Step by Step

Mike, in his recent comment, asked me to lay out what happens step-by-step between a magician doing magic and the world changing, from an information perspective. So let me take a stab at doing that.

First, let me make it clear what I mean by information. When I say that material reality is a kind of instantiation of information, what I mean is that matter is nothing but the cluster of ideas we have about. To prove this, try an old thought experiment: think of matter without qualities. Strip it of any abstract quality that you can conceive of separately. A rock, for instance: strip it of qualities like “heaviness” and “spatial orientation” and “extension in time” and “color” and “hardness” and all such abstract concepts. What you’re left with is pure matter — and of course what you’re left with is pure nothing, because matter is nothing but the configuration of these abstract ideas.

We can think of this mathematically. If you’re familiar with configuration space as a method of mathematical modeling you can see that anything that exists can be given an orientation in an Nth dimensional configuration space. Of course, every single abstract idea is a dimension in C-space, for any given object. This means that a pebble contains the C-space position of every single one of its molecules and atoms and electrons, as well as all the abstract ideas connected to that rock, as well as its interaction with all other particles and forces — each of which has its own dimension in C-space — and so on. A rock, therefore, is “conscious” in that it is constantly “thinking about” the current values of those dimensions. The more complex the system, the more likely it gives rise to emergent phenomenon on the physical level, the more conscious it is. (And now I’ll have to explain levels of consciousness, which is tricky — bah, skip it)

I’m pretty sure that’ll just be more confusing, not less. So let’s launch into the concrete example and see if I can explain as we go.

I want money. I exist in a certain C-space, in which my position is determined by the complex system of economics. Being an emergent system, economics is conscious. It is a mind — call it a Nous to differentiate from our human minds. Moreover, it is part of the universe of symbols and ideas, which is itself a Nous.

So I take symbols that rest closer to the C-space of the thing I want — money. In this case, I select some symbols that, in oen system of symbols, represent wealth. I take a blue candle and anoint it with anise oil. I wear an amethyst and say certain words, many of them highly symbolic and some of them even glossolalic to the Nous, expressing my need. In doing so, I change the deepest parts of my mind to become a different person: the kind of person who gets money. Since my identity is a number in C-space, I have simply moved my position in one or more dimensions to a narrative line more conducive to me being wealthy. At the same time, the Nous of the economic system (hopefully) takes notice and receives the message, and meets me halfway.

Now I have two changes in the world: I have changed to attain the quale of being “a wealthy guy.” The universe has changed to shift into a narrative in which I am a wealthy guy. A point (me) in C-space must move along its dimensions according to coherent rules, not all of which we know (which is why we need to communicate to the Nous as well as ourselves). The result is that any change to our position in C-space is a narratively consistent change: in other words, to our eyes it will appear as coincidence. The larger the shift, the more the coincidence seems unlikely, and the harder it is to communicate that idea (as explained elsewhere).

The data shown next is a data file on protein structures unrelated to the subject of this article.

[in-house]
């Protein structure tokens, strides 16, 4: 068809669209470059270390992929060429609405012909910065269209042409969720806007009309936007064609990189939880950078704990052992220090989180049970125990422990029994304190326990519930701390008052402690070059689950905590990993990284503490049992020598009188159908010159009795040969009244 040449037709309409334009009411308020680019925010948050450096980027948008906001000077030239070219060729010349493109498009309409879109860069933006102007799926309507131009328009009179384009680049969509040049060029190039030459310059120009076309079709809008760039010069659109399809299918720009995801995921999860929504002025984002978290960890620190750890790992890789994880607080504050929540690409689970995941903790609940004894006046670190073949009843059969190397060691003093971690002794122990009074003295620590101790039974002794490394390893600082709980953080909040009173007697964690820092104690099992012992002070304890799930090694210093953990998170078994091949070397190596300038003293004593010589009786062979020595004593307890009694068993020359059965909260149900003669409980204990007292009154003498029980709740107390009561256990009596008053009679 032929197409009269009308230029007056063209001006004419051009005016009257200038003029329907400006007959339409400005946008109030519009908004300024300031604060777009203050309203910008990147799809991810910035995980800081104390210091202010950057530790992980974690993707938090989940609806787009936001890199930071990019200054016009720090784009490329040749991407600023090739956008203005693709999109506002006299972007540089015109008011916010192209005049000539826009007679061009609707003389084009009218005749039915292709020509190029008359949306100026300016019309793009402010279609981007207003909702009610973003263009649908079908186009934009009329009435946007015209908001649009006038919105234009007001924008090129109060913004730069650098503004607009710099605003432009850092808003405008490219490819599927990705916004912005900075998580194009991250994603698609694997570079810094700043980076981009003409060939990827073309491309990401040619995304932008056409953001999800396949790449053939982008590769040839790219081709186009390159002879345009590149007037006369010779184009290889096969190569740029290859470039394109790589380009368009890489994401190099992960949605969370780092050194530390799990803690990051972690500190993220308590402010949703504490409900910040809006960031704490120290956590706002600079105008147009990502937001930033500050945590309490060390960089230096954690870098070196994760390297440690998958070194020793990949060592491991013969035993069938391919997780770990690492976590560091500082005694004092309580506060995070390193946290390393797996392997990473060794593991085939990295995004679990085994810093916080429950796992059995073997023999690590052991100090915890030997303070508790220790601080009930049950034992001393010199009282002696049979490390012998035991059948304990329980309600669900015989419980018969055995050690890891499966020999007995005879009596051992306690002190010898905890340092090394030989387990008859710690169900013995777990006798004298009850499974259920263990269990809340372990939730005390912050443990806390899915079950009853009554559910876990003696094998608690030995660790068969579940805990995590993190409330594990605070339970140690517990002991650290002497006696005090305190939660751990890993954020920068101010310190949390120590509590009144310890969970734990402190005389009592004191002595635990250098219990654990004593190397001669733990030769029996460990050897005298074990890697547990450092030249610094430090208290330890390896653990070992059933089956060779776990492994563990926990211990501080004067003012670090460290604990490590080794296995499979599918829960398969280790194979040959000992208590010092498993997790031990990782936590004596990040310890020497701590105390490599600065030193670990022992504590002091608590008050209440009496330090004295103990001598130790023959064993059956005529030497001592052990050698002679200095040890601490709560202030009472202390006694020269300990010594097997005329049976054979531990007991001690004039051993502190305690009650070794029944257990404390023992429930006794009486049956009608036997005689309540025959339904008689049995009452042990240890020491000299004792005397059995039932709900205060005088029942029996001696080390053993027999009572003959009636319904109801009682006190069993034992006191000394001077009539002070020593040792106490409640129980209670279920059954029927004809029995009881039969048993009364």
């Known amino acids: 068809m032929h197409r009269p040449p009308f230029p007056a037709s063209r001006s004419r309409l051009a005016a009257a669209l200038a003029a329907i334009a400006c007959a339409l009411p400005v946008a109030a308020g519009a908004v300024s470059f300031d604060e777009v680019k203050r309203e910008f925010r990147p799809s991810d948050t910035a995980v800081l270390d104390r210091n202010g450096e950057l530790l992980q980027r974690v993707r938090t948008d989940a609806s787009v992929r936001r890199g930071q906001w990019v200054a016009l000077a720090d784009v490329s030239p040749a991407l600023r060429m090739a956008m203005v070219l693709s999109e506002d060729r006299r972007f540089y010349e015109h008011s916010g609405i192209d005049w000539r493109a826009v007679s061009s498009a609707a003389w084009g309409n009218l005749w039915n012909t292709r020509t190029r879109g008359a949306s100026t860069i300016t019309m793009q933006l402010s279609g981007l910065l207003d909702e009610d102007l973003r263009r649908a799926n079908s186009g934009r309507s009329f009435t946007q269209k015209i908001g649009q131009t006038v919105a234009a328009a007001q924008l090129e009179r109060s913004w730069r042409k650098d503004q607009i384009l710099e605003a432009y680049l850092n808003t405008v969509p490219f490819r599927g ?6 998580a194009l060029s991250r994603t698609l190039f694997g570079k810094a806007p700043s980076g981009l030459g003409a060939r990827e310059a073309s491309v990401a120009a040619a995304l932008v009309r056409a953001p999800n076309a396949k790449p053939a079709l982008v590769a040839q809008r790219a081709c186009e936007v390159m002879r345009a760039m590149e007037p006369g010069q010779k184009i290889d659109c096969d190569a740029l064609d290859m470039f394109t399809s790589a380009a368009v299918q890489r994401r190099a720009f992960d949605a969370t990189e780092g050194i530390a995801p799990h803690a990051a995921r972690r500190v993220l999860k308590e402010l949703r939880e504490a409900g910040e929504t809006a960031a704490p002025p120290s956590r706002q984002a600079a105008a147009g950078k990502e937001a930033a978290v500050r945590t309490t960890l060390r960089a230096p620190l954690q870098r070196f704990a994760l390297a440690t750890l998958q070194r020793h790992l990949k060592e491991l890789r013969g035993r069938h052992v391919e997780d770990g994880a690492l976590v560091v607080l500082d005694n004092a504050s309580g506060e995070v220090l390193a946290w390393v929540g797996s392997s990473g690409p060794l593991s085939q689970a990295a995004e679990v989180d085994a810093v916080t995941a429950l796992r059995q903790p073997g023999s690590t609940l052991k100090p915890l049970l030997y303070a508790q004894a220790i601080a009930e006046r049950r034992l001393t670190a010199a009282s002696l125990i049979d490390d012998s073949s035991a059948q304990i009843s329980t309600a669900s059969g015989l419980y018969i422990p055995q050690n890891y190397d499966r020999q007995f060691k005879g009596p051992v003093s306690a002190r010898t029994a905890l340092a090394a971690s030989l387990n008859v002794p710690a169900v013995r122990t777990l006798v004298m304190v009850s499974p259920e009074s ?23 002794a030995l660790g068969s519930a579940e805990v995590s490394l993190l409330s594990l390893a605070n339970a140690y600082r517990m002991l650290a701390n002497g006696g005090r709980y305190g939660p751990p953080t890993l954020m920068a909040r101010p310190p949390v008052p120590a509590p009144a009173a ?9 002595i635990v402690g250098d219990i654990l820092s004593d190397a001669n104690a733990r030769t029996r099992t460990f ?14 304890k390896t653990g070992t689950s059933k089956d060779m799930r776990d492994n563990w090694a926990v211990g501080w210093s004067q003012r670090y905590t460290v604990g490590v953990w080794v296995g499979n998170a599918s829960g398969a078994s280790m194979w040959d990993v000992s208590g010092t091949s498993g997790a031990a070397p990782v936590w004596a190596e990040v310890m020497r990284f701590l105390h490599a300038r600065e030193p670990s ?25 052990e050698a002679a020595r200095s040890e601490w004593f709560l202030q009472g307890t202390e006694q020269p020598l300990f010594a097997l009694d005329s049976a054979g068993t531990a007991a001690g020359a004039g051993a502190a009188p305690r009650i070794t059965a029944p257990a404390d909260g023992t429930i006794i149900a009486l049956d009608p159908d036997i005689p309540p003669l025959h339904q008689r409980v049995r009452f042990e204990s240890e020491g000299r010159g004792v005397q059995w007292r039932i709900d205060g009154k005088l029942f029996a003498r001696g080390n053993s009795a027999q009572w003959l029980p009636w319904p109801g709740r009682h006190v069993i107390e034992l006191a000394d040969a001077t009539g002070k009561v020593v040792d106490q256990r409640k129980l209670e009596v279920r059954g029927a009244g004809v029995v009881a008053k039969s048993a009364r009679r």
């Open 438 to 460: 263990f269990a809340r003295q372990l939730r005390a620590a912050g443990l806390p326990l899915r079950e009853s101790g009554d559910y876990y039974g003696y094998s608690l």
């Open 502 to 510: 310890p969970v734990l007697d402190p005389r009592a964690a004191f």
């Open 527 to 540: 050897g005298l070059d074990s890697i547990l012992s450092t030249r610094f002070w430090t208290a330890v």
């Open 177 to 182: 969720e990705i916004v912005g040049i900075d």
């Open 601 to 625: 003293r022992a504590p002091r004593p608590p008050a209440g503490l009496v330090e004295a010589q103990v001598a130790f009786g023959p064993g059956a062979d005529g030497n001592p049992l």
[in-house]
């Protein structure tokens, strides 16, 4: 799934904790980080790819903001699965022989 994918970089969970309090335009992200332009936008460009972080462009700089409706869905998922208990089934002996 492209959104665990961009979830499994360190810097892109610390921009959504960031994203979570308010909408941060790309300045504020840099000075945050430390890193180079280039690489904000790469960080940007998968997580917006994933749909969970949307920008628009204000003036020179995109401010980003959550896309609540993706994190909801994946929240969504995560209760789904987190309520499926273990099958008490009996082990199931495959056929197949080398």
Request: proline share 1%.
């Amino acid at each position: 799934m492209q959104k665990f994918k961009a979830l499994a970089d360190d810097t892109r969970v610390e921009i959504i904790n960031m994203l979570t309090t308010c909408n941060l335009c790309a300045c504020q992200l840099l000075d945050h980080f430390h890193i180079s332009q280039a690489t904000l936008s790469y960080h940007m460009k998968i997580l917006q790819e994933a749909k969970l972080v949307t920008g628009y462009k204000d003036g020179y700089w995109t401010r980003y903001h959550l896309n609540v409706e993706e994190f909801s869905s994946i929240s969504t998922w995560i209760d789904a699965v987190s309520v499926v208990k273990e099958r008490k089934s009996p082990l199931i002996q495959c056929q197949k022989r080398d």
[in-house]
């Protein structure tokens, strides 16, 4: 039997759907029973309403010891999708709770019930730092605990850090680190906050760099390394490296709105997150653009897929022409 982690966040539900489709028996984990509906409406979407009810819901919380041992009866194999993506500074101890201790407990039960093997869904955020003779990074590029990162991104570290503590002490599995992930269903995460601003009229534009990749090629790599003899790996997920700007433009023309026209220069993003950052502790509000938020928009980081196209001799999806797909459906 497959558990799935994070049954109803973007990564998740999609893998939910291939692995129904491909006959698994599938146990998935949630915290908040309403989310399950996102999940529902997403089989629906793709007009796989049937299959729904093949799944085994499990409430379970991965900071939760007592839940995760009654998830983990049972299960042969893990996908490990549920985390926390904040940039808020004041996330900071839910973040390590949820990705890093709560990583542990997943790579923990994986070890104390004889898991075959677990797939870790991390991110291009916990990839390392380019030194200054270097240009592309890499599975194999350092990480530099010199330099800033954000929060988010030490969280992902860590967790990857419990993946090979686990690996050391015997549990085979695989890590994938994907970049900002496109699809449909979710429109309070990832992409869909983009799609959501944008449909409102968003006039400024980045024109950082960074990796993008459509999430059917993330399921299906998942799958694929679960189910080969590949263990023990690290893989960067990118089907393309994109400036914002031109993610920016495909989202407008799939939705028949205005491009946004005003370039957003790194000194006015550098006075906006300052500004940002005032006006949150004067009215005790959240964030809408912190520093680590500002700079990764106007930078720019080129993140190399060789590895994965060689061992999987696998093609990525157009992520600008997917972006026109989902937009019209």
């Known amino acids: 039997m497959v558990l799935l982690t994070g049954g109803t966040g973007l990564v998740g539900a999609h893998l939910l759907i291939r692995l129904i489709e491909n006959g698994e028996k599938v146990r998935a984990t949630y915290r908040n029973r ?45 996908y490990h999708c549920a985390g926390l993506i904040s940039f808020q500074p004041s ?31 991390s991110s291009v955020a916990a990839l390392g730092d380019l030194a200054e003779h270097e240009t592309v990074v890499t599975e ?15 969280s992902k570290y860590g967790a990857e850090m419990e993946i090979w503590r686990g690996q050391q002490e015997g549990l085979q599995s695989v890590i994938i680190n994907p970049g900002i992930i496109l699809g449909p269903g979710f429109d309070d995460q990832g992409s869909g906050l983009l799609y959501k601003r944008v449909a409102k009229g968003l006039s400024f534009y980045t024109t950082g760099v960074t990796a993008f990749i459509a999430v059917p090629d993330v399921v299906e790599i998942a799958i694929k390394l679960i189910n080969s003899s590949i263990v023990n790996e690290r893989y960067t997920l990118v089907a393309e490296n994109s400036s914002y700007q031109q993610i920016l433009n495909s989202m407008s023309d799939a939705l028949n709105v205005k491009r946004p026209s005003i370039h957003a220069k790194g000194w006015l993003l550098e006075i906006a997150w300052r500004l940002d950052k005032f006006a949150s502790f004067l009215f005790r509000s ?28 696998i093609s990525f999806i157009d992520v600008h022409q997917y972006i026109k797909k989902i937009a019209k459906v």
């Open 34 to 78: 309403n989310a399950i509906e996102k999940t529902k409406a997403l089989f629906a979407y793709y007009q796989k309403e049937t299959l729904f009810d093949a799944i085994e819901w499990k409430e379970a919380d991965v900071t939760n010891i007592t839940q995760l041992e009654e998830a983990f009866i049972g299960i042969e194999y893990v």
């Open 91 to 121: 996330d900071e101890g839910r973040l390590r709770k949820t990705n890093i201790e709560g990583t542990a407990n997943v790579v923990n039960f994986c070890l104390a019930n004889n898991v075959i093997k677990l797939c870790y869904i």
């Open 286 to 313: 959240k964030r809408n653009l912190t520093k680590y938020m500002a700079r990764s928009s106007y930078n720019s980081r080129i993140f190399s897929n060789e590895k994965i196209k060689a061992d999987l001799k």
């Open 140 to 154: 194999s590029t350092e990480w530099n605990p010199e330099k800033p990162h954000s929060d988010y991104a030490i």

I get money. Some publisher in another country buys the rights to one of my books, let’s say. Or I win a prize for poetry. Or one of my investments pays out. Money doesn’t drop out of the sky, though: that’d be incoherent. It’d shift a point into a position it cannot occupy in C-space.

This is just a model, of course, of how it works, and all models are hopelessly reductive, or they wouldn’t be models. And I suspect this model is anything but clear to anyone who reads it. Bah. I can see why there’s such a current of “I hate theory” in magic.

But look at it this way: what is the mechanism for the same magical operation from the perspective of energy work? I do the same ritual, which I think of as “directing energy” and — where am I directing it? Why does it work seemingly by coincidence? What does the energy do when it gets there? If it communicates an idea, why not focus on the message and not the energy, which is clearly just a carrier?


7 Responses to “Step by Step”

  1. Theory is good – it aids understanding and that makes it possible to apply.

    Your model reads surprisingly like a thermodynamic change, which isn’t too surprising as the configuration space ideas came from thermo. If I am following your explanation and restating it a bit – you create a situation where there is a driving force to accommodate a change in the system – if you will, there is a potential between the current state and the desired state and the system (universe) changes to the optimum desired state. In a physical system this is readily explained by a reduction in free energy (∆G) for the entire system. In computational modeling it is often the optimization of a value or a fitness.

    So within a magical system, any thoughts on what drives the changes? Entropic changes don’t feel quite right to me – very cool and really challenging to design into chemical processes (green chemistry is active in the area to reduce what are called “heat and beat” processes to ones that require less energy and make less waste). In the informational model, one very rough definition for entropy is excess information (look up what Kolmogorov was doing with dynamical systems), if I really stretch it, wasted usefulness. That said, not sure what else enters in.

    I think we have talked about this before, but it is pretty easy to turn the “magical energy” into engagement or activation along with the internal mental representation (visual, tactile, whatever…). Maybe it is just me, but I find it helpful to overlayer different models to improve my connection with what I am trying to understand.

    • I need to reread your post a few more times to get all the nuances.

      On emergent behavior. I don’t follow how emergent behavior is necessarily conscious – can you explain more? On the other end emergent behavior tends to occur from small rule sets acting over a large number of agents – this does tie into the weird informational definition of entropy. The small rule sets mean that it takes very little information for each agent which is a case of low entropy. Anyhow, so far no one has been clever enough to create systems with useful emergent behavior, it happens on its own quite a bit, but I can’t think of any examples where someone has really used it for something. I guess swarm simulation has been interesting but it was done by trying to find the rules that occur in natural swarms rather than creating something intentionally.